NEWS
February 18, 2015 | By Helen Ubinas, Daily News Columnist
I HAVE NO PROBLEM with anger. Anger is my go-to emotion - and it's how plenty of people react to feeling mistreated. So I wasn't surprised when things got heated at a town-hall meeting about tensions between cops and the community. The name of the forum at the Catalyst for Change Church, at 38th and Baring streets, last week was "Philly After Ferguson. " But, as someone pointed out, tensions between city residents and police way predate the tragic moment when a white cop killed an unarmed black man in Ferguson, Mo., last year.
NEWS
January 28, 2015 | By Michael Boren, Inquirer Staff Writer
A Burlington County mother accused of lighting her newborn baby on fire on a neighborhood street repeatedly said, "I'm sorry," as a man held her down, according to a recording of a chaotic 911 call obtained by The Inquirer through a public records request. "You're disgusting," a woman who was on the phone to 911 said to Hyphernkemberly Dorvilier, 22, as she and other shocked residents on Simontown Road in Pemberton Township waited for police to arrive. "It's not mine," Dorvilier replied, as heard on the call.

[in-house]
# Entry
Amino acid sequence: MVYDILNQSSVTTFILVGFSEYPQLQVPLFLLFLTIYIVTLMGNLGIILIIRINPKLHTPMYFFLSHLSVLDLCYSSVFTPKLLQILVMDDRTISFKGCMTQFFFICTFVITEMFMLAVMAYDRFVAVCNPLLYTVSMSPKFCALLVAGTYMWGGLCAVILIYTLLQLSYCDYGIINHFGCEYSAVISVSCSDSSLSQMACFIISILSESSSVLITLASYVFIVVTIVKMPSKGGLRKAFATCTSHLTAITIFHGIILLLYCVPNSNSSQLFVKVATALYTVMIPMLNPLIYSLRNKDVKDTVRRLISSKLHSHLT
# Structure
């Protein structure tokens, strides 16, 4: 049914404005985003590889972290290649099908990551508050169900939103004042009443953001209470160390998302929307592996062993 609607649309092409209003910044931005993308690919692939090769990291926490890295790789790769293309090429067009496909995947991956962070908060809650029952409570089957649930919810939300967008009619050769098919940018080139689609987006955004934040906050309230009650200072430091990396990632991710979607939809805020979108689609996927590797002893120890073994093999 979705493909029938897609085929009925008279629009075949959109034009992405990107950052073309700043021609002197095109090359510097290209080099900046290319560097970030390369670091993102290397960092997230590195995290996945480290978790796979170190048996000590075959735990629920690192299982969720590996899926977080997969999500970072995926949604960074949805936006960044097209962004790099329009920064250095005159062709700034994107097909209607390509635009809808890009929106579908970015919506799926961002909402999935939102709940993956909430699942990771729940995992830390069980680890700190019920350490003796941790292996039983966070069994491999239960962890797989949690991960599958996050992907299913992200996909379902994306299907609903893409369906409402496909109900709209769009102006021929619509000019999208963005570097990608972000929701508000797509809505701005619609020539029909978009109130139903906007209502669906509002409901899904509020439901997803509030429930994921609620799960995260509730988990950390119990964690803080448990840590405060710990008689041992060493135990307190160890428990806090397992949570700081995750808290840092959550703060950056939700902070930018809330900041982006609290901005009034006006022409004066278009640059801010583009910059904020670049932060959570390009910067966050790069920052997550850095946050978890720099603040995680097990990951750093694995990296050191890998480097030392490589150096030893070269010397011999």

NEWS
December 4, 2014 | By Jessica Parks, Inquirer Staff Writer
In a community where typical questions to local officials include "What can you do about my neighbor's dog?" and "When and where may I practice firing my shotgun?", it's rare to draw more than 10 citizens to a township meeting. But at a Nov. 17 supervisors meeting in Franconia Township, a crowd of more than 200 people overflowed into the hallways and up to the doors of the building. In less than an hour, chants of "Recall! Recall!" went up in the room. Unbeknownst to most residents, the rural township in upper Montgomery County had run up nearly $3.2 million in budget deficits since 2011, an average of 15 percent per year.